It’s not normal to have this much quiet
by Robin O'Bryant
Oct 31, 2012 | 1663 views | 0 0 comments | 15 15 recommendations | email to a friend | print
It was quiet in my house this weekend. Eerily quiet if you are used to the normal level of screeching and hissing that becomes white noise when you are raising three daughters.

I wandered around my house in the quiet trying to figure out what was wrong.

Traditionally, if my children are extremely quiet one of a few things is about to happen: a) something is being destroyed, b) something is being eaten that shouldn’t be eaten or c) very expensive makeup is being used as a mosaic on my bathroom floors.

I shuffled around, doing a head count and found something odd. I repeatedly found all three of my children in the same room. All weekend long, my house would get quiet, I’d go looking for them and find all three girls huddled together and here’s a headline— not making mischief.

They played dress up, pulled out board games and played tug of war with our dog, all three girls against Moses. (He still won.) Aubrey, Emma and Sadie piled up on the couch to watch a movie, then begged me for a quilt to take outside. While wandering through the kitchen in my pajamas, I caught a glimpse of them through the screen door.

The light outside was golden, orange and yellow leaves gently swirled to the ground. I could hear their laughter and conversation spilling in the kitchen door and I watched them across the yard. Aubrey was wearing her Halloween costume and raking up a pile of leaves at the bottom of the slide. Emma and Sadie sat in their playhouse above her, bundled together in a quilt, watching. Once Aubrey finished she climbed into the playhouse and helped Sadie sit on the slide. Their peals of laughter ricochetted through the cool fall air as leaves flew up as Sadie slid into the pile.

It’s hard sometimes, in the screeching, homework doing, dinner cooking week — to remember that these moments exist. It’s easy to become so busy in doing that we don’t remember how much we have to be thankful for. I stand at the screen door until the wind begins to chill me and dusk begins to fall. I call the girls inside and during bath time and dinner, brushing hair knotted by the wind and jumping into leaves— I forget, again.

Emma runs crying into the room brandishing a bite mark, “Sadie bit me!!”

I forget the golden moment and slip into Mommy Dictator mode, “SADIE!”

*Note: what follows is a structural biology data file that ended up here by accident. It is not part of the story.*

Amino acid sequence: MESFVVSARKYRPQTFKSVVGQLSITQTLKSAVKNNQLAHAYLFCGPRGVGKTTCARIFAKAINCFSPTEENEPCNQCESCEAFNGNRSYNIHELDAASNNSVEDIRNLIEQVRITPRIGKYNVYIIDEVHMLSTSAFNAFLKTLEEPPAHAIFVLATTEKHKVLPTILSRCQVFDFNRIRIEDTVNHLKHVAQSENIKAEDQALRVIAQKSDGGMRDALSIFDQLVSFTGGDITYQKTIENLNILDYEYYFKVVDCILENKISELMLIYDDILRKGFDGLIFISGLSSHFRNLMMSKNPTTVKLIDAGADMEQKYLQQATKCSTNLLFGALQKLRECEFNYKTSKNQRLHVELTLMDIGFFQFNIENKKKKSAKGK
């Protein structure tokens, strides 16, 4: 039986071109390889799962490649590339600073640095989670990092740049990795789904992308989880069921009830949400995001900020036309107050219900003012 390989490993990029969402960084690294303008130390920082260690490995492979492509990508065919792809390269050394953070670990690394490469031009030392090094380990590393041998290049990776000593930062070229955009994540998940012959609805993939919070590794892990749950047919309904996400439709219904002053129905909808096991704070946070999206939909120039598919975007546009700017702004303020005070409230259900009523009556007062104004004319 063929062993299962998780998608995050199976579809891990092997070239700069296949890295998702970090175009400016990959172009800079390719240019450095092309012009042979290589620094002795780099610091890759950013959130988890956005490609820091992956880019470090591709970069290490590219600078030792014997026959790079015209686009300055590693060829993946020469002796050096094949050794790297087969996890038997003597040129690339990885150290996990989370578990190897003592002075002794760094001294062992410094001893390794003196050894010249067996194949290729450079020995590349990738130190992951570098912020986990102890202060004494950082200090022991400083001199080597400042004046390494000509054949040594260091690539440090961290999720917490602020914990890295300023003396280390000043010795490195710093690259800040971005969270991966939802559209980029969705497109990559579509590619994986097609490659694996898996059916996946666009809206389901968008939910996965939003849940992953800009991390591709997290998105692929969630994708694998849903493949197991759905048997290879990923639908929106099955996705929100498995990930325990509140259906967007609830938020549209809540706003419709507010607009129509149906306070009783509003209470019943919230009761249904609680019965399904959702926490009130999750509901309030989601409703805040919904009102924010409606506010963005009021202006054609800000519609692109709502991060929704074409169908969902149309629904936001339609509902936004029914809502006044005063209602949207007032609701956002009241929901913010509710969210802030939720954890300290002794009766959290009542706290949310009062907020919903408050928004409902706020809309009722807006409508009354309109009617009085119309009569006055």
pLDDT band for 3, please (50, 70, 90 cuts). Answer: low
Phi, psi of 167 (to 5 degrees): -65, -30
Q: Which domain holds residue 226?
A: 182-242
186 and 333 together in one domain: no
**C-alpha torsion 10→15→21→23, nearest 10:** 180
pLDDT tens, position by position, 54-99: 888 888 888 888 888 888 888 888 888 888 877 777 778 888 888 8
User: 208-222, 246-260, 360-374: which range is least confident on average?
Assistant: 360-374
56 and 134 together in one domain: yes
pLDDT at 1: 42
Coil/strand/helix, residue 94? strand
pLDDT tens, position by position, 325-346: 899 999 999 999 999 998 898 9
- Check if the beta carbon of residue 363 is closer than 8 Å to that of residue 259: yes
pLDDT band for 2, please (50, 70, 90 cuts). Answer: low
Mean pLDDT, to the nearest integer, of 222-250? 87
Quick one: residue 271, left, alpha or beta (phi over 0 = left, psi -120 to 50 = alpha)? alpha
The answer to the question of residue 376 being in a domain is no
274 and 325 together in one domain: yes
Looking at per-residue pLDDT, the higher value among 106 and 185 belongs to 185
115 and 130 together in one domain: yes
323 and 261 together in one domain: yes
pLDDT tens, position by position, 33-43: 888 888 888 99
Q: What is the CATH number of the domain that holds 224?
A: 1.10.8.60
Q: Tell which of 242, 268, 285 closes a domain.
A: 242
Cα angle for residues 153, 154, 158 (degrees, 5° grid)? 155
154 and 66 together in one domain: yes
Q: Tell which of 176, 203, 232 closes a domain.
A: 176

Sadie sits in timeout, chubby arms folded across her chest in defiance.

“You need to apologize to your sister,” I admonish.

“She can say sowwy to huhself!” Sadie smarts off.

“No she can’t.”

“Oh, cuz she didn’t bited huhself?” she asked, feigning ignorance.

“No she didn’t.”

“I want to get a new family!” Sadie threatens.

“We’ll miss you. Should I pack your things?” I ask.

“Well… not wight now. I’m gonna get a new family later.” With her change of heart Sadie apologized and finally everyone is in bed. Until they’re not. And I forget again how lucky I am to have them. I am tired and sick and I just want to sleep.

“PLEASE stay in the bed!” I beg as one by one my husband and I put them back in their beds.

The house is quiet, everyone is asleep. I straighten the covers on Aubrey’s bed and kiss her curly head. I pad quietly to the kitchen, flipping off lights, checking the doors. I walk into Emma and Sadie’s room. Emma’s empty bed confuses me for a second until my eyes adjust to the dark and I see two small shapes under the covers of Sadie’s bed.

I smooch their warm cheeks while they sleep, curled around each other like two baby kittens. Their sisterly squabble of less than an hour before is clearly forgiven.

I wonder at what drove them to the same bed, laughing to myself that sleeping four feet away from each other seemed like such a hardship when only an hour before they were ready to trade each other in. I inhale the sweet smell of their heads and for a moment, I remember.

Robin Wiley O’Bryant is a syndicated humor columnist, author and speaker. She was born and raised in Jasper and now lives in Mississippi with her husband and three daughters. Read more online at or email Robin at